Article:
by Marie Connelly
This year marks the 40th anniversary of abortion’s insertion into the United States Constitution. Time Magazine recently published an article lamenting the failure of the pro-choice movement during the years since Roe v. Wade’s passage, while noting the corresponding achievements of pro-lifers. Although this uncharacteristic honesty may lure pro-lifers into complacency, we must resist the temptation. Because the ultimate goal of pro-choice movement—abortion access on demand—has been achieved, the ultimate goal of the pro-life movement—cultural respect and legal protection for all human life—is far from finished. Complacency is not an option.
On January 21, 1973, the U.S. Supreme Court handed down two cases, Roe v. Wade and Doe v. Bolton that when read together, gave virtually unrestricted access to abortion, overriding any prior state restrictions on abortion. This alleged right to abortion was somehow found in the shadow of rights enumerated in our Bill of Rights. A shadowy act, indeed.
Since this historic moment, a strong divide has emerged in American public discourse, separating those who deem themselves pro-life—and whose opponents call anti-abortion, from those who deem themselves pro-choice—and whose opponents call anti-life or pro-abortion. Pro-life advocates recognized that with this pair of historic Supreme Court decisions, abortion would soon become a substitute—or a backup—for contraception, which itself was introduced for public use in the mid-1960s. If contraception fails, the logic goes, there’s always abortion. This slowly became a reality, as the rate of abortion rose, particularly among those vulnerable populations less likely to use contraception or to be compliant with its use.
Pro-life groups began to coalesce in opposition to this immediate and radical change to our constitutional landscape. They sought to protect innocent human lives lost to abortion and sought to console the women and men who suffer from abortion. They strategically devised a counter-cultural revolution with deliberate, incremental steps to scale back the effects the tragedy of abortion leaves us—some 50 million people missing from our country. They sought legal reform by electing pro-life politicians, and they demanded abortion facilities comply with health, licensing, building, zoning, and other laws applicable to every other facet of medicine. If pro-choicers are about equality, why should abortion facilities receive preferential treatment over medical facilities that perform services necessary to protect and sustain life—an essential quality of medicine? Pro-lifers witnessed the suffering women and men who later realized their ‘choice’ was a false one. These grieved women and men didn’t believe there were other, or better, alternatives; abortion seemed the only option. Pro-life advocates sought better informed consent laws to ensure that those choosing abortion were not coerced and were fully aware of their alternatives.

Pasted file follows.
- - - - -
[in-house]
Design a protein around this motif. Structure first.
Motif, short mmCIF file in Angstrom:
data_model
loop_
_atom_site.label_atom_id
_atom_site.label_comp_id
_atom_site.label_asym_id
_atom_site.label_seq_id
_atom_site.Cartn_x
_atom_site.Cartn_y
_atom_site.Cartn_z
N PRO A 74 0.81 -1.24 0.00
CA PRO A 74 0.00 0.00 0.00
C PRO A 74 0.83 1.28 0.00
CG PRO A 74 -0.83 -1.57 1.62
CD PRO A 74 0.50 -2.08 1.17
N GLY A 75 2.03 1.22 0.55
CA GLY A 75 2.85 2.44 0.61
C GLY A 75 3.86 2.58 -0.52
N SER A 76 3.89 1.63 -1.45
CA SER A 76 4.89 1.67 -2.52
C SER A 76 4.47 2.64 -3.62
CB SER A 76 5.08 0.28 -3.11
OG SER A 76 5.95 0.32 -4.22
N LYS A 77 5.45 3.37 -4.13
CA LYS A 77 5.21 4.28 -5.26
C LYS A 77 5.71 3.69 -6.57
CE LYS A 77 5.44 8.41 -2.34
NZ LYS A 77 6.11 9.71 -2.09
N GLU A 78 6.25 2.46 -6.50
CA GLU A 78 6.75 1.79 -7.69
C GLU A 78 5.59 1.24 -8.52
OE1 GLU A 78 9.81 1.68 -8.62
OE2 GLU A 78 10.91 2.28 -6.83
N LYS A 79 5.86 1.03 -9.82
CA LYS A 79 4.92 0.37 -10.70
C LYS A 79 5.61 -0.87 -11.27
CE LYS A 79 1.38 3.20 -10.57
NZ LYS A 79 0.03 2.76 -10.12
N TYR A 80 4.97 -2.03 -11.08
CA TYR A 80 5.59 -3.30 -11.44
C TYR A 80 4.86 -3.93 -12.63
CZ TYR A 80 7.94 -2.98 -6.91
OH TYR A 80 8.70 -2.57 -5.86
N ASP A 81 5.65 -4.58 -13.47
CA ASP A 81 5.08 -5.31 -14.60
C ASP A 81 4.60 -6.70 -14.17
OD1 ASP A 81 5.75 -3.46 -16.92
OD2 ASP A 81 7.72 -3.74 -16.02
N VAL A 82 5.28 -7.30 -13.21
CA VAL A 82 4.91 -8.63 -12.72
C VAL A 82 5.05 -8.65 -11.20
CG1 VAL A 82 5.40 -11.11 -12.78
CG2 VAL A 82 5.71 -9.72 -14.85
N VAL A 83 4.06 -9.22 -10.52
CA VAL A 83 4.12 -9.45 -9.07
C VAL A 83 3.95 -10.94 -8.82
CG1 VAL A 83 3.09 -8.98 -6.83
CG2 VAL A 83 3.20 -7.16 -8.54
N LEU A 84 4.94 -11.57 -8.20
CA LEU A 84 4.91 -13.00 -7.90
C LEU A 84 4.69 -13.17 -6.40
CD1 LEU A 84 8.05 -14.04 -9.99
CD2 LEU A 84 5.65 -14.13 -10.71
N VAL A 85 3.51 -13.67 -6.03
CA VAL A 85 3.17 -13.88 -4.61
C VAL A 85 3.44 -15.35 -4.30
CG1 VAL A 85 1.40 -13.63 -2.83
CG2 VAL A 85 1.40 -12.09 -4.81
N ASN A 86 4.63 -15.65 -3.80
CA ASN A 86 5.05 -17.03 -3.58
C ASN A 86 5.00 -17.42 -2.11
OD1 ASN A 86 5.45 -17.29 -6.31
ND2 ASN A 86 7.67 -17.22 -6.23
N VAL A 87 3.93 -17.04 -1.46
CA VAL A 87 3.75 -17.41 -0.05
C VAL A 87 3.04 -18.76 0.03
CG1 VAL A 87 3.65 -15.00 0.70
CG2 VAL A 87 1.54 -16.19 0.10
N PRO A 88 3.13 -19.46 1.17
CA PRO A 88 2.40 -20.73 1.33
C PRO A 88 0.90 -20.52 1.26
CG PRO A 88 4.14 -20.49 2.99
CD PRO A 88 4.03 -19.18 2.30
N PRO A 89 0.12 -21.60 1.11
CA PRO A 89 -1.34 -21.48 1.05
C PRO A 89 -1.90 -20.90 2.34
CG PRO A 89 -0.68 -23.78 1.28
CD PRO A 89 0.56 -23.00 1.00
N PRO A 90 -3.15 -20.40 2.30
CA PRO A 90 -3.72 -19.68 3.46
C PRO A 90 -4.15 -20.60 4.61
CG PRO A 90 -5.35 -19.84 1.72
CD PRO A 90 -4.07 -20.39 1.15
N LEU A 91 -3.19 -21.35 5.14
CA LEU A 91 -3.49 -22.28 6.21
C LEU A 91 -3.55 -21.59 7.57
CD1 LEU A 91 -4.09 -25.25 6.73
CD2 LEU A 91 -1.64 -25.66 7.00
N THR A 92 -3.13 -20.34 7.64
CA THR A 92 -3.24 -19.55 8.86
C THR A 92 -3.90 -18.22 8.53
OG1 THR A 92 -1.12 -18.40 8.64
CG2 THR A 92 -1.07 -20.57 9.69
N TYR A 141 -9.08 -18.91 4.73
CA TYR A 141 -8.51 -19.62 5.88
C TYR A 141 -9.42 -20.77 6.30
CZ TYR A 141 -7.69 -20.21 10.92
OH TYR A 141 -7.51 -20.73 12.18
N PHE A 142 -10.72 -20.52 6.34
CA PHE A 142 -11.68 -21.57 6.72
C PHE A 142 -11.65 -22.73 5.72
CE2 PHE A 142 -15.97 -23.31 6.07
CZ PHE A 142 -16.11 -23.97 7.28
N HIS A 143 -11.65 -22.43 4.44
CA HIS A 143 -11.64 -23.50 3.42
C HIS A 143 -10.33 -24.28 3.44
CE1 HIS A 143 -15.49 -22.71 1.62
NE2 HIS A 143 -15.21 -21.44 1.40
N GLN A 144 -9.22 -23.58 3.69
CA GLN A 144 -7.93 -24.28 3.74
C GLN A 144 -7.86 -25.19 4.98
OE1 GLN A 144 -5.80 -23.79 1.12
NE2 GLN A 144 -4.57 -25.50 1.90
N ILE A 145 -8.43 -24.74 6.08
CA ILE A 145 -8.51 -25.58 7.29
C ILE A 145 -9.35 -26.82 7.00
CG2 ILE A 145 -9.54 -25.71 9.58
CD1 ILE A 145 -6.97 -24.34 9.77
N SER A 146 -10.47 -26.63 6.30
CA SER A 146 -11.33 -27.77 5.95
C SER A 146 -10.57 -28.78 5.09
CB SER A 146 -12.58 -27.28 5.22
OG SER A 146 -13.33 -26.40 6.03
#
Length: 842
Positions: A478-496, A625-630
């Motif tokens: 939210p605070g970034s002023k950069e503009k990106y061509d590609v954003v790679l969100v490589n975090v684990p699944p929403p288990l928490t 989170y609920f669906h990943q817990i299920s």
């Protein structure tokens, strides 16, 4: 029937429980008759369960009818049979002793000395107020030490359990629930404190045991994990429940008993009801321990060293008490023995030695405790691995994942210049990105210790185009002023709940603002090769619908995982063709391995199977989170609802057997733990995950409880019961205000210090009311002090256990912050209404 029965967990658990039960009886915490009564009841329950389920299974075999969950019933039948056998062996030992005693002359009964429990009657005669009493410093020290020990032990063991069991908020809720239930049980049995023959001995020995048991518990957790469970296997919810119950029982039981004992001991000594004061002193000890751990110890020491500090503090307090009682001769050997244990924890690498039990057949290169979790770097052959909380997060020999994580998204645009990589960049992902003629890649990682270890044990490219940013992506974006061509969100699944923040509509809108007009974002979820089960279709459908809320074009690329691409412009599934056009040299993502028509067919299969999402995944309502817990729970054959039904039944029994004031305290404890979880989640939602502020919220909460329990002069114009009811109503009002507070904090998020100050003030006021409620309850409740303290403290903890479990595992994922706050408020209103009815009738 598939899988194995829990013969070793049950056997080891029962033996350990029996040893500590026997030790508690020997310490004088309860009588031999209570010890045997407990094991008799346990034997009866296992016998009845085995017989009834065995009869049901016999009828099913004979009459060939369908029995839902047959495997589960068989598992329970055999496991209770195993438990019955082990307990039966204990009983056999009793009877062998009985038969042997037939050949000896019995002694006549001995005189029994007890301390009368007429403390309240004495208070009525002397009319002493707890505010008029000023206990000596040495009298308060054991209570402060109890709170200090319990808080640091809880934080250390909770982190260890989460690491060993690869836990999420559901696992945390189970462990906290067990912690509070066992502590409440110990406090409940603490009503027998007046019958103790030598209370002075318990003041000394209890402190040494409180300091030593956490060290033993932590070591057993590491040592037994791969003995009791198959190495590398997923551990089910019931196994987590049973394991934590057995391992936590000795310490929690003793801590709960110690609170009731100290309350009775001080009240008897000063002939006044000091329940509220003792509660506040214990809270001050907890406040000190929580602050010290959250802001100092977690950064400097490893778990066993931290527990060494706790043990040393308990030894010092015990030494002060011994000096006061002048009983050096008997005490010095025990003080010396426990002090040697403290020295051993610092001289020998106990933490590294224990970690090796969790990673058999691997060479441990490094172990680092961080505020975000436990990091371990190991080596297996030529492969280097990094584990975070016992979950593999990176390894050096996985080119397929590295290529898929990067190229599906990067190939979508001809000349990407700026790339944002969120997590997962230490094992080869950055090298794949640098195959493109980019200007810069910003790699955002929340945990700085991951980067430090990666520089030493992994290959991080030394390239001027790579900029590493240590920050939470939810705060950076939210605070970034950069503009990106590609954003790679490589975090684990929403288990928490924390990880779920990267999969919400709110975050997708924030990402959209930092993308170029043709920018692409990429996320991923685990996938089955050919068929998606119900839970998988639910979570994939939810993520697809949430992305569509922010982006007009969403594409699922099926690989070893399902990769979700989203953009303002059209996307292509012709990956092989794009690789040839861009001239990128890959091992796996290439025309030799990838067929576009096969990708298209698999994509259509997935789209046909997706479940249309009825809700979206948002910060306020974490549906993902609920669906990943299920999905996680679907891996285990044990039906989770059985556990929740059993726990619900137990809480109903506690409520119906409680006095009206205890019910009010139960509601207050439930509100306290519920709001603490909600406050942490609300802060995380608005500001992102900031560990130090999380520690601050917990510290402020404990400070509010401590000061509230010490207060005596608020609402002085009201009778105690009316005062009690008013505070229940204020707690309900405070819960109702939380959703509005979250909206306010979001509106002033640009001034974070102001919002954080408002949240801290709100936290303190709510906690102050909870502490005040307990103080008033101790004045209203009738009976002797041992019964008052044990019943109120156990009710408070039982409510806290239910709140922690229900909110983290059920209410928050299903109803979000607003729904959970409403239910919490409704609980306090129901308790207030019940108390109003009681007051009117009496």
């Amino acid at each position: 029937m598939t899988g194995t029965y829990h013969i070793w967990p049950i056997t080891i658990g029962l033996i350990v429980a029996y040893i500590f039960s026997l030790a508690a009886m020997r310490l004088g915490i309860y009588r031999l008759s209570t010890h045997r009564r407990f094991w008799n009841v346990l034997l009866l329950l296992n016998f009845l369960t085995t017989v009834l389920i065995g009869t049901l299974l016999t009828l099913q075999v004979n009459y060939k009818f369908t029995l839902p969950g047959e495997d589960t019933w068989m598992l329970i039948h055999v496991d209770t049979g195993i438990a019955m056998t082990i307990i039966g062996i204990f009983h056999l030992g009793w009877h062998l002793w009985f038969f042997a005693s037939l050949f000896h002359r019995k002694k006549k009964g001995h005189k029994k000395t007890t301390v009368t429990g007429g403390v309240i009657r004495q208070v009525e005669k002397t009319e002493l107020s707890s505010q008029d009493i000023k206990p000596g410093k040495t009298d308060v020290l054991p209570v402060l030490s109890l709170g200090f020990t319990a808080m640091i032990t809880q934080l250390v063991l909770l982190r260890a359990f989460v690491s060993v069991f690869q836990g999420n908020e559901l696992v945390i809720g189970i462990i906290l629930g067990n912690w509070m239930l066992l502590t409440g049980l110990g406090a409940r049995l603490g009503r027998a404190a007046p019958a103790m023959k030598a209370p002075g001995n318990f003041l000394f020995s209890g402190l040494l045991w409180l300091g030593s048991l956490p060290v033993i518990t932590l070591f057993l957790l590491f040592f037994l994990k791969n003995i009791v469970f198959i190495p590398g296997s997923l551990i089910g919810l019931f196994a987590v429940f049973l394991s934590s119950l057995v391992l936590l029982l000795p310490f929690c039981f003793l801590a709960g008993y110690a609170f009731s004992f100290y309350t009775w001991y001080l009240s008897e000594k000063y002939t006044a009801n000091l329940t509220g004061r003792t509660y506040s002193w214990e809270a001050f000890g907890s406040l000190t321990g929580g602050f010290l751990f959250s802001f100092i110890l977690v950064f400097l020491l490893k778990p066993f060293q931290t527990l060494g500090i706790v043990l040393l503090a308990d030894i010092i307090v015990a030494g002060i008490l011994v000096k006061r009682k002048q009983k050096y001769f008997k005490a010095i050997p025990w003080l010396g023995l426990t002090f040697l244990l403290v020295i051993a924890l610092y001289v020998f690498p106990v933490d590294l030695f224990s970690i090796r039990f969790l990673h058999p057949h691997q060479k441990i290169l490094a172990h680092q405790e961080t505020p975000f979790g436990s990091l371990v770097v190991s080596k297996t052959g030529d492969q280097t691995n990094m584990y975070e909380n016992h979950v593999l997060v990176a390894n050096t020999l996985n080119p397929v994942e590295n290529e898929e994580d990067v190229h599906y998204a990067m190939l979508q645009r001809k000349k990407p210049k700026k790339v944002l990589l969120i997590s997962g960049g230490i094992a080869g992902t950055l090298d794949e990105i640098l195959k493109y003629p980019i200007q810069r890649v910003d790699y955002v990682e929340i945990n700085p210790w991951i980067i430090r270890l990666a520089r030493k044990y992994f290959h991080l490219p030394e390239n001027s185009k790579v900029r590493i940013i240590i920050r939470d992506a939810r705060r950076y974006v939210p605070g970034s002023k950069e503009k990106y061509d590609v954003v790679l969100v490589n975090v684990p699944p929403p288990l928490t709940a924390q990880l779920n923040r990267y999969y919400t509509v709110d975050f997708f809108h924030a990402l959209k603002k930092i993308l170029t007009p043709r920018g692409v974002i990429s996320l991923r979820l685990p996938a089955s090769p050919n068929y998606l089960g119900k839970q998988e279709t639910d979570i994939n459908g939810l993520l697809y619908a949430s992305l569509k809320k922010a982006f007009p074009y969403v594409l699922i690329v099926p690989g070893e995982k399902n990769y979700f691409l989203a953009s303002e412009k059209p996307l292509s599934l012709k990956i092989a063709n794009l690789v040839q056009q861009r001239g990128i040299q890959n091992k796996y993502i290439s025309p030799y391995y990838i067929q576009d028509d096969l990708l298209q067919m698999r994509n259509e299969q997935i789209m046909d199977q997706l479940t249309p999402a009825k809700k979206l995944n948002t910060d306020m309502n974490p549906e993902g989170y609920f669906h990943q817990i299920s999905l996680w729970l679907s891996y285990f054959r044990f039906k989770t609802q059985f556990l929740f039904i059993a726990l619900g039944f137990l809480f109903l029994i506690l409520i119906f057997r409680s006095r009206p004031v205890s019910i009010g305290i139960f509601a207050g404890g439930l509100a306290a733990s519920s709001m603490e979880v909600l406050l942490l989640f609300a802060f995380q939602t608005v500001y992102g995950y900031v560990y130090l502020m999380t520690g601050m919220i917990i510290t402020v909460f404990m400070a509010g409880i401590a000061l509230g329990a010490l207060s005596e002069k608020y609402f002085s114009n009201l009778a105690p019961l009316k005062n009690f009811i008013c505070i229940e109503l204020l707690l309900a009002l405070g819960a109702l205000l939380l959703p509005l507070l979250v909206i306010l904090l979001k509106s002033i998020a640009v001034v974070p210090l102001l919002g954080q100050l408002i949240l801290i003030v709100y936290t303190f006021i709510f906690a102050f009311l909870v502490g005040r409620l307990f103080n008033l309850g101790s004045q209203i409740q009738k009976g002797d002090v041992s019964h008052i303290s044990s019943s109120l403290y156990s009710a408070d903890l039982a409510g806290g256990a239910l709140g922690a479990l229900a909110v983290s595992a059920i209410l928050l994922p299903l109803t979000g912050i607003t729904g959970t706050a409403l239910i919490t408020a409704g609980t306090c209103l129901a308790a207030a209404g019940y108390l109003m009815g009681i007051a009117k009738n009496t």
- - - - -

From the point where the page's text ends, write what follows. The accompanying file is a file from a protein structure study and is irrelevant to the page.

These victories mark great progress for the cause of life. But, pro-lifers still have a long road ahead and cannot afford to tan in the glow of their success. The Time Magazine article was not only a temptation into complacency for pro-lifers, but a call to action for pro-choicers. Fighting to sustain a victory is more difficult than fighting to achieve victory. Despite this challenge, the Time article realizes that the octogenarians who founded the modern feminist movement will soon be displaced by a younger generation that more naturally relates to women of reproductive age. The pro-choice movement is expanding its scope and rebranding itself as the cause for ‘reproductive justice’ a term that encompasses “abortion access. . ., contraception, child care, gay rights, health insurance and economic opportunity.” This innovation and reinvention by pro-choicers is establishing a new frontier. What is the new frontier of the pro-life movement?
Pro-lifers must be prepared to respond. Pro-lifers have always been advocates for childcare; there’s no reason we shouldn’t advocate for health insurance and economic opportunity. Pro-lifers must also have ideas of their own. We must strive to establish a culture of life. We must continue spreading our message of love until it is understood by every human. Beyond culture, legal challenges remain on our journey to provide legal protection for all human life. Even if the Supreme Court rolls back its forty-year-old pro-abortion precedent, the journey is not over. The decision would then rest with the states to decide what, if any, restrictions should be placed on abortion. In anticipation of this, states should pass constitutional amendments to protect human life. Informed consent laws should be strengthened. Adoption laws should be simplified. A new frontier is necessary and the options are endless. The road ahead is long, but with coordinated efforts and a clear vision, we will win.
Marie A. Connelly is a lawyer in Washington, D.C. She is a graduate of the Notre Dame Law School and a former federal judicial law clerk.